samples and then conferenced about their results. Thereafter, the research assistant completed the counts, consulting whenever there was an ambiguous case.
The following information is needed in order to understand the basis of the
counts in Tables 2 through 5. With one exception (verbs in adverbial clauses —
see below), we counted main verbs only. We omitted presentatives such as
il y a (see a., below) because they are so frequent that they would skew the
count, and were not the linguistic focus of our investigation. Other categories
omitted were:
a.
b.
c.
d.
c’est, il y a, être, avoir
verbs in adjectival clauses (e.g., la fille qui dorme)2
infinitives (e.g., pour arrêter le sonnement)
rève, when used for lève (e.g., le soleil se rève)
In cases where infinitives were preceded by a ‘semi-auxiliary’ (e.g., pouvoir +
infinitive; vouloir + infinitive; essayer de + infinitive; commencer à + infinitive)
these verb phrases were counted as one verb (e.g., in je veux partir, partir was
counted as the main verb). Finally, verbs (other than infinitives) in adverbial
phrases were included in our verb counts (e.g., Martin dort tranquille en faisant
des rèves).
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Table 2: Aspects of pronominal verb use in written stories:
Classes J and J+ (jigsaw task)
Class J
(n = 7 pairs)
No. of main verbs
No. of pronominal forms
No. of correct pronominals
No. of obligatory contexts
Ratio of pronominal forms to total main verbs
Ratio of correct pronominals to
pronominal forms
Ratio of pronominal forms to
obligatory contexts
Ratio of correct pronominals to
obligatory contexts
Class J+
(n = 12 pairs)
Sig.
(2-tailed)
M
SD
M
SD
11.29
2.14
1.29
4.57
2.36
1.68
1.38
1.28
12.17
6.33
3.92
4.83
3.16
2.31
2.75
2.37
.532
.001
.031
.791
.18
.14
.52
.13
.000
.57
.25
.59
.32
.034
.45
.32
1.56
.86
.004
.26
.24
.73
.33
.005
One of the D+ pair’s written stories is reproduced in Appendix B, along
with a key showing what verbs were counted in the various categories included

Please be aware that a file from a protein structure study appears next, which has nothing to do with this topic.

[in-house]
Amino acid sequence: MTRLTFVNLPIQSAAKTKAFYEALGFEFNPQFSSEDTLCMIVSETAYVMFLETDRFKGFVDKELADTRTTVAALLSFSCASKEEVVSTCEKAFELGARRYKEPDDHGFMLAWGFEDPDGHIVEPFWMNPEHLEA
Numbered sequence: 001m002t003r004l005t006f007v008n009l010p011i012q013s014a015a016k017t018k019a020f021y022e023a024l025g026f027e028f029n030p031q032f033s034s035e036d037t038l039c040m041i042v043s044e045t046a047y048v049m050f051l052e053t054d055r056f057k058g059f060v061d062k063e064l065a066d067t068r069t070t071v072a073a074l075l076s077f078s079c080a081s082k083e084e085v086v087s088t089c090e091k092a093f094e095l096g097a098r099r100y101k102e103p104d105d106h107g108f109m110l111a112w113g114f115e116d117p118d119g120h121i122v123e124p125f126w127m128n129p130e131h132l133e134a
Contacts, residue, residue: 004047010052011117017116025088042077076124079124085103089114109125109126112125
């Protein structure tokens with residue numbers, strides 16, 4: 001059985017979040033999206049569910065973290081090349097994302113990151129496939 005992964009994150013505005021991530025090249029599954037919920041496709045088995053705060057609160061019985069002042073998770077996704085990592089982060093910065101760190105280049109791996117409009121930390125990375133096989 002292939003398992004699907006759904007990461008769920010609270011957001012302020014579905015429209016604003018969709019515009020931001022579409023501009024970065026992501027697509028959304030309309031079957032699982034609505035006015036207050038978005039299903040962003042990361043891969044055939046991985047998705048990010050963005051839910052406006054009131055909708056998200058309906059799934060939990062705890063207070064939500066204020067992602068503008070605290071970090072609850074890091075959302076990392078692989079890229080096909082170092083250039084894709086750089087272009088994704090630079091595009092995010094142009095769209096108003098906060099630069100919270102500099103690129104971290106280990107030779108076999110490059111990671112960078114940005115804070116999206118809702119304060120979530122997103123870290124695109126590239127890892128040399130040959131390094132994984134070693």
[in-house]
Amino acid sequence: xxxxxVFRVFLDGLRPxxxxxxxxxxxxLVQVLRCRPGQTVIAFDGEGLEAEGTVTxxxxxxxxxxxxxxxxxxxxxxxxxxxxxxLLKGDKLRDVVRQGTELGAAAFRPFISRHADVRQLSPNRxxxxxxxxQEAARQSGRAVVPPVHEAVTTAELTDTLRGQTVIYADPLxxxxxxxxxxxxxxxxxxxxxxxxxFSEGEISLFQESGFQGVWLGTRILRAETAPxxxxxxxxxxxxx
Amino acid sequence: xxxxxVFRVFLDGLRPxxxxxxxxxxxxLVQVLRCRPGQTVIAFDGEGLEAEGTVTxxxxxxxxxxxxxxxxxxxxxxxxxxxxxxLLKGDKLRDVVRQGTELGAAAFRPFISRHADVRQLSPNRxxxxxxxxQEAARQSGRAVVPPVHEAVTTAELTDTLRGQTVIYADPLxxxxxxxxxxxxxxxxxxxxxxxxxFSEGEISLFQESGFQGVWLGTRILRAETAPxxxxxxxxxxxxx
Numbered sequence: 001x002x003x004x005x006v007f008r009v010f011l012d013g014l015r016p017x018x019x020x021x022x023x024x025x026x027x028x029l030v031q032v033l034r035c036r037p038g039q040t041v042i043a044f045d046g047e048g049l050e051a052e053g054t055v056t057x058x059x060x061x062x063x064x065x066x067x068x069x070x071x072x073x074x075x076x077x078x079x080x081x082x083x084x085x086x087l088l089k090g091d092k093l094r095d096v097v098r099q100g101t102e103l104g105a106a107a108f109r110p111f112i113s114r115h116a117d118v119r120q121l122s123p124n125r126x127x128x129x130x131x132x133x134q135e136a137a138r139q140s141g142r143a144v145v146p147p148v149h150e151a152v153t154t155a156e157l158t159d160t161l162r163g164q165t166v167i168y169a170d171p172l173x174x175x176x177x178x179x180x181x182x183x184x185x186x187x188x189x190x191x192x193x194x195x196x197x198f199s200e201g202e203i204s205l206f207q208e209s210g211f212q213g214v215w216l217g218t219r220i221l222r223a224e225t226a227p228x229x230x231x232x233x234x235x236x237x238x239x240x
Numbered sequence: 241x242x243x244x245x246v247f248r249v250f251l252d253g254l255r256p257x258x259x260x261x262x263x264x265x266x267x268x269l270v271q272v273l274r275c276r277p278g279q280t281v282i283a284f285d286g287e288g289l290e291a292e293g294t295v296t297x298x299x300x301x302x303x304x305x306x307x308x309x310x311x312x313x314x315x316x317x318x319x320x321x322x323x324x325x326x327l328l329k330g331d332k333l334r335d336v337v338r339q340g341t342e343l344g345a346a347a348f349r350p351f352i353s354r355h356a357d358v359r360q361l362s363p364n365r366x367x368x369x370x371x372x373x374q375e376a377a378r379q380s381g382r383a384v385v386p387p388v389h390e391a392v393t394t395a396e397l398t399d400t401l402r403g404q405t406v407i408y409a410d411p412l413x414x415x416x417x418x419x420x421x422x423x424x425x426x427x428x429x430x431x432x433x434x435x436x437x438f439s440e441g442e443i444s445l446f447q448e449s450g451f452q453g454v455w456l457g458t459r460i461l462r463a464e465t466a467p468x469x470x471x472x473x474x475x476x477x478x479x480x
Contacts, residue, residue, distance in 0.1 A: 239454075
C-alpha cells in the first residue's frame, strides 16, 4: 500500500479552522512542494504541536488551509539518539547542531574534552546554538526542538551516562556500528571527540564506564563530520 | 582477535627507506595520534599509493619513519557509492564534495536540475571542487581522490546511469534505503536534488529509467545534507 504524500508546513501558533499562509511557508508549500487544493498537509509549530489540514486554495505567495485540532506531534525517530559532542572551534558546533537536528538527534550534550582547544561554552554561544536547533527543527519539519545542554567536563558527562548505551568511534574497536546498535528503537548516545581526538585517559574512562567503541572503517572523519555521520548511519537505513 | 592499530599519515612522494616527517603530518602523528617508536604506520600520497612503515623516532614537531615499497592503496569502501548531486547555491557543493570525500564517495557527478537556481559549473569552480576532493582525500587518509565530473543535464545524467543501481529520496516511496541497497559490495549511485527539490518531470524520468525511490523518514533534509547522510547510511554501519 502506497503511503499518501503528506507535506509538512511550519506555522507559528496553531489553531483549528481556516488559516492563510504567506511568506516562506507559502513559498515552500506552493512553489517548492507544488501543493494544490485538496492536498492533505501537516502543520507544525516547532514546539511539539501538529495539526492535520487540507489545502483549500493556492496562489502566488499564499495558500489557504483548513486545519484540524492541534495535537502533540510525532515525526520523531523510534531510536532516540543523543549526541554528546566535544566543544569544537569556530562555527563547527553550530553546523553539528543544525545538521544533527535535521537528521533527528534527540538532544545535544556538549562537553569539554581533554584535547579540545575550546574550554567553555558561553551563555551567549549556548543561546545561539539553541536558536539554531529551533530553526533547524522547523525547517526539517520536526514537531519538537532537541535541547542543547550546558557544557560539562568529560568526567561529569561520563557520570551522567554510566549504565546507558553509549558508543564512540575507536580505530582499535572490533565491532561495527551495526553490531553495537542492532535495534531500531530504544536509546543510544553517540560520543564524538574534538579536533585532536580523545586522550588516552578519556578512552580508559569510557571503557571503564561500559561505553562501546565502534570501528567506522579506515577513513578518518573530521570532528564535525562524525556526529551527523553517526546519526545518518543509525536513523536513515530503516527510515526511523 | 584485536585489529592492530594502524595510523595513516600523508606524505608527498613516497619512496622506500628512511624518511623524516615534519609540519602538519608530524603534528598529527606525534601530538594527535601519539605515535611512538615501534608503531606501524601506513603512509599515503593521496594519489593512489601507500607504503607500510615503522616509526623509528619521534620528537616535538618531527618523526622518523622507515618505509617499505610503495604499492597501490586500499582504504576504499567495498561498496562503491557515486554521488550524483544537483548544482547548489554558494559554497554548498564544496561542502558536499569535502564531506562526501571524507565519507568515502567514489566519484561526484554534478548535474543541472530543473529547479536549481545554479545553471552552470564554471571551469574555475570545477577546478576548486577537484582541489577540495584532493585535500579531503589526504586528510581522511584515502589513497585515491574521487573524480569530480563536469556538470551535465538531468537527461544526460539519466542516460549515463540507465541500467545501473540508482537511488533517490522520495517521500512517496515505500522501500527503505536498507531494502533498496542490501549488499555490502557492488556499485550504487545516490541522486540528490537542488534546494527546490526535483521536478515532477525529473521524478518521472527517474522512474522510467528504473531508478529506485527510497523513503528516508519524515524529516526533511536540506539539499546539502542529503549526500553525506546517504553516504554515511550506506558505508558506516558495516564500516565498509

in Tables 2 through 5.
Results
Table 1 presents the average ratings of the stories written by pairs of students in
the four classes. Analysis of variance revealed no differences on the five dimensions (content, organization, vocabulary, morphology and syntax) evaluated by
our raters. There were also no differences in the average number of idea units in
the narratives written by the four groups. This suggests that overall, as we had
planned, the tasks made somewhat similar linguistic demands on the students,
providing them with similar opportunities to construct meaning whether from
pictures or oral text. However, a detailed analysis of the pronominal verbs (the
focus of the mini-lesson) used by the students in the four classes reveals some
noteworthy differences.
We will review the findings in terms of the following comparisons:
1. Does the mini-lesson affect the use and correct use of pronominal verbs
in the students’ writing? (Tables 2, 3 and 4)
2. Does the task affect the use and the correct use of pronominal verbs in
the students’ writing? (Table 5)
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Table 3: Aspects of pronominal verb use in written stories:
Classes D and D+ (dictogloss task)
Class D
(n = 5 pairs)
No. of main verbs
No. of pronominal forms
No. of correct pronominals
No. of obligatory contexts
Ratio of pronominal forms to total main verbs
Ratio of correct pronominals to
pronominal forms
Ratio of pronominal forms to
obligatory contexts
Ratio of correct pronominals to
obligatory contexts
Class D+
(n = 14 pairs)
Sig.
(2-tailed)
M
SD
M
SD
11.60
4.00
3.20
5.40
2.88
1.58
1.30
1.34
11.00
5.07
4.29
5.57
2.25
2.27
1.90
1.29
.640
.347
.257
.803
.34
.09
.45
.19
.226
.27
.06
.38
.14
.119
.72
.14
.88
.33
.320
.59
.17
.75
.27
.255
Table 4: Aspects of pronominal verb use in written stories:
Mini-lesson classes (J+ and D+) compared to non-mini-lesson classes (J and D)
Class J,D
(n = 12 pairs)
No. of main verbs
No. of pronominal forms
No. of correct pronominals
No. of obligatory contexts
Ratio of pronominal forms to total main verbs